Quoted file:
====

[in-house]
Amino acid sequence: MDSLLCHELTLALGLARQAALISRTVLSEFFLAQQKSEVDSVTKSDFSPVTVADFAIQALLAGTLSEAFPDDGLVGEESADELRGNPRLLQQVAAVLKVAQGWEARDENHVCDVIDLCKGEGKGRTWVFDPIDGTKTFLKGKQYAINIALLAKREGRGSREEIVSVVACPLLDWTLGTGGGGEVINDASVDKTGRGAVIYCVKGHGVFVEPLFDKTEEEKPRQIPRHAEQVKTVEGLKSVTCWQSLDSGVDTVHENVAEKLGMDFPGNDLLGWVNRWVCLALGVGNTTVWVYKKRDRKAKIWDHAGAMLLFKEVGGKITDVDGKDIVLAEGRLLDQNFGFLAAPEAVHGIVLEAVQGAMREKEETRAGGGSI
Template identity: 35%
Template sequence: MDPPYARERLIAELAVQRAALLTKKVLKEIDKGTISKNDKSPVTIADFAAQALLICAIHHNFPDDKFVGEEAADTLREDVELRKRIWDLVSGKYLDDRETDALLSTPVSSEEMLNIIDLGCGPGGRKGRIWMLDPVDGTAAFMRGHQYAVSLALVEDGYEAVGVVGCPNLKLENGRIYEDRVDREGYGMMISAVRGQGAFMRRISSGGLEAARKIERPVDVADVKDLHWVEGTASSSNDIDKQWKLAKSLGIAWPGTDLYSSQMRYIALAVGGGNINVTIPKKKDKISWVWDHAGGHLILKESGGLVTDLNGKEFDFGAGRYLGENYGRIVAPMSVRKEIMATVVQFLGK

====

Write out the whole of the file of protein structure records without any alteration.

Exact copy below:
[in-house]
Amino acid sequence: MDSLLCHELTLALGLARQAALISRTVLSEFFLAQQKSEVDSVTKSDFSPVTVADFAIQALLAGTLSEAFPDDGLVGEESADELRGNPRLLQQVAAVLKVAQGWEARDENHVCDVIDLCKGEGKGRTWVFDPIDGTKTFLKGKQYAINIALLAKREGRGSREEIVSVVACPLLDWTLGTGGGGEVINDASVDKTGRGAVIYCVKGHGVFVEPLFDKTEEEKPRQIPRHAEQVKTVEGLKSVTCWQSLDSGVDTVHENVAEKLGMDFPGNDLLGWVNRWVCLALGVGNTTVWVYKKRDRKAKIWDHAGAMLLFKEVGGKITDVDGKDIVLAEGRLLDQNFGFLAAPEAVHGIVLEAVQGAMREKEETRAGGGSI
Template identity: 35%
Template sequence: MDPPYARERLIAELAVQRAALLTKKVLKEIDKGTISKNDKSPVTIADFAAQALLICAIHHNFPDDKFVGEEAADTLREDVELRKRIWDLVSGKYLDDRETDALLSTPVSSEEMLNIIDLGCGPGGRKGRIWMLDPVDGTAAFMRGHQYAVSLALVEDGYEAVGVVGCPNLKLENGRIYEDRVDREGYGMMISAVRGQGAFMRRISSGGLEAARKIERPVDVADVKDLHWVEGTASSSNDIDKQWKLAKSLGIAWPGTDLYSSQMRYIALAVGGGNINVTIPKKKDKISWVWDHAGGHLILKESGGLVTDLNGKEFDFGAGRYLGENYGRIVAPMSVRKEIMATVVQFLGK